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November 06, 2015
Searching for Einsteins: Africa at Cutting Edge of Scientific, Tech Advancement
In this piece written previously by Rowan Philp, Editorial Director for SABLE, for AFKInsider, one of Africa's leading minds - Professor Neil Turok - sets out the campaign to unearth "African Einsteins" to unleash the continent's innovative potential.
Most people’s lists of critical priorities for Africa would feature safe water sources, primary healthcare, basic education and jobs. How about Ivy-league tuition in quantum theory and mathematical physics? Not so much?
In fact, a project is now being rolled out across the continent in the belief that it’s precisely those arcane things that are needed to jump-start Africa’s development. Called the “Next Einstein Initiative” (NEI), handsomely funded centers for post-graduate math and physics training — featuring sometimes Nobel Prize-level lecturers — have been launched in Ghana, South Africa and Senegal. A fourth center is due to open in Cameroon. Ultimately, African Institute for Mathematical Sciences (AIMS) will be established in 15 African countries, the brainchild (or brain explosion) of one of Stephen Hawking’s chief collaborators.
Dr. Neil Turok, a native of South Africa, is literally hunting for African Einsteins, Newtons and Teslas in hopes that such an ambitious search will also throw up job-creating pioneers like Tim Berners-Lee, Mark Zuckerberg and Sergey Brin.
In an interview, Turok said that while global aid and steadily growing economies struggle to push African development from the bottom, cutting edge research will pull from the top. Or – at the very least – with the number of scientific research papers having plummeted in Africa in the past 40 years, it might stop the rot.
Turok further made this prediction: that young African geniuses would “do for global science and technology what Jewish geniuses did” at the turn of the 20th century, when, collectively, they paved the way for modern electronics and the digital age. “In the late 19th century, when Jewish people were finally allowed to study science and technology degrees at European universities, they revolutionized science and (changed) the world,” he said. “Something very special happens in science when different cultures bring fresh perspectives, and I expect these very talented Africans to do the same.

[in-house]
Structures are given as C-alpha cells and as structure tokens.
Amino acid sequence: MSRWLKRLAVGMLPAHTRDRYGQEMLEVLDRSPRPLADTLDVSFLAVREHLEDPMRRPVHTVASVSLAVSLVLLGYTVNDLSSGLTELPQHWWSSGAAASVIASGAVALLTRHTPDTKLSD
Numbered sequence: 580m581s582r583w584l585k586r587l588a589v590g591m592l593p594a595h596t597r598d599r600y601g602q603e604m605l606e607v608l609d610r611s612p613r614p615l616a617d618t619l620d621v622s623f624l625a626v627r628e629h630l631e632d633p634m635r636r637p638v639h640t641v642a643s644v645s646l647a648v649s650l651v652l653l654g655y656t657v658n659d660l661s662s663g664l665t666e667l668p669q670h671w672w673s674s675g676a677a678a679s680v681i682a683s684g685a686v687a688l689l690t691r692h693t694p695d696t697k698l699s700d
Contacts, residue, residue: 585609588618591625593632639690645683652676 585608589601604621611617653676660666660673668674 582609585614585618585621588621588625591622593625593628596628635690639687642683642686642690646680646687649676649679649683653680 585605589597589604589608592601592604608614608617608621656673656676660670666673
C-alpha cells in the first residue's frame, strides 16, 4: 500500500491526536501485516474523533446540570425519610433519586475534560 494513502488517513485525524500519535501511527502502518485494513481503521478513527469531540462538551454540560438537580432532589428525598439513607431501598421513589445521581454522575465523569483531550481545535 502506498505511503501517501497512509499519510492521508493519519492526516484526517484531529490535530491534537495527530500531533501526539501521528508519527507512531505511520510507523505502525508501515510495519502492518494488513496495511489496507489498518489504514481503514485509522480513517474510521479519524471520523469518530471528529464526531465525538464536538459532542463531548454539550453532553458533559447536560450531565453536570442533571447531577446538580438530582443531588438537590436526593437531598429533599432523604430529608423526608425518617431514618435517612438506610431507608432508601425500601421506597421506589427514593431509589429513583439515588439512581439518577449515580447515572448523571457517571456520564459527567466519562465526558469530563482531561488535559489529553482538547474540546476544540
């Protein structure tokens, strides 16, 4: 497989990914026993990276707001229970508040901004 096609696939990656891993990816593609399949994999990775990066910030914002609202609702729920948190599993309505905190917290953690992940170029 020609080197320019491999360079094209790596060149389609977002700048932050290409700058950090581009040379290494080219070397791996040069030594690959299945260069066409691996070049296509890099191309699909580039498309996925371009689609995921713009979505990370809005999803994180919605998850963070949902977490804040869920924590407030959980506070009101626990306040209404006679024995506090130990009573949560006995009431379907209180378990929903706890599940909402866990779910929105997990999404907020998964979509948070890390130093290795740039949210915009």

The pilot center – housed in a once-derelict, art deco hotel in Cape Town – has already graduated 442 master’s students since its launch in 2003. Some of them now work on the Large Hadron Collider experiment in Switzerland and others at the National Institutes of Health in the U.S. – but, crucially, over 60 percent continue to research, innovate and teach in Africa. Many are using advanced modelling theory to track epidemics and markets in Africa.
Tens of millions of dollars in funding have come from a combination of local government departments, Google grants and the Canadian government, with celebrity fundraisers like Bono recruited to seek further support.
But can such an investment gamble be justified, given Africa’s life-and-death needs?